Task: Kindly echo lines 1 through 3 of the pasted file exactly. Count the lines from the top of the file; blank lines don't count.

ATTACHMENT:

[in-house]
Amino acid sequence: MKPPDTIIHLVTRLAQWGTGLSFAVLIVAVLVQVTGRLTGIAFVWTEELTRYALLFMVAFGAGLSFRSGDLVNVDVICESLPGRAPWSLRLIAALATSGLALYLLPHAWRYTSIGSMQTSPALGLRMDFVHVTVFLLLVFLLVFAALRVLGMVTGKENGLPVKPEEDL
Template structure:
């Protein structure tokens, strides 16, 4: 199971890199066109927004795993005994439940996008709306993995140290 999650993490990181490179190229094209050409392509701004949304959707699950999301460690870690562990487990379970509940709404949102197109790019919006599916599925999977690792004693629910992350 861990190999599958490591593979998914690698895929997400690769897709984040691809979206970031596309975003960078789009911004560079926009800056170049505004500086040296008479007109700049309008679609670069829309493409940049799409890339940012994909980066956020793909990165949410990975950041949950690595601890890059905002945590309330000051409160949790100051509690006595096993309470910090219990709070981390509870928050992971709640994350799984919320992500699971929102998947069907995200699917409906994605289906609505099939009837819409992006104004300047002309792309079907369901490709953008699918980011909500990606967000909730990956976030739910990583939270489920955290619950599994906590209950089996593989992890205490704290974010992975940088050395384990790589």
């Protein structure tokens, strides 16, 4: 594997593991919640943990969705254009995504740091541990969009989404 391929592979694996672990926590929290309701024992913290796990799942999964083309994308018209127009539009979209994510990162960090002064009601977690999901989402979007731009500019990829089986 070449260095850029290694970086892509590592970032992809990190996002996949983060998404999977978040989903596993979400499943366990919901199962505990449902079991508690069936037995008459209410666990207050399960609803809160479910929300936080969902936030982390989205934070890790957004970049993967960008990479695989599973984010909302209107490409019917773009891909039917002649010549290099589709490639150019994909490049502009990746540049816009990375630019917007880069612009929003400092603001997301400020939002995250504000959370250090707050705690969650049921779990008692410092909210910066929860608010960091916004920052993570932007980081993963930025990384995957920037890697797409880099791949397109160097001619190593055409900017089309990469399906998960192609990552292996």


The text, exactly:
[in-house]
Amino acid sequence: MKPPDTIIHLVTRLAQWGTGLSFAVLIVAVLVQVTGRLTGIAFVWTEELTRYALLFMVAFGAGLSFRSGDLVNVDVICESLPGRAPWSLRLIAALATSGLALYLLPHAWRYTSIGSMQTSPALGLRMDFVHVTVFLLLVFLLVFAALRVLGMVTGKENGLPVKPEEDL
Template structure: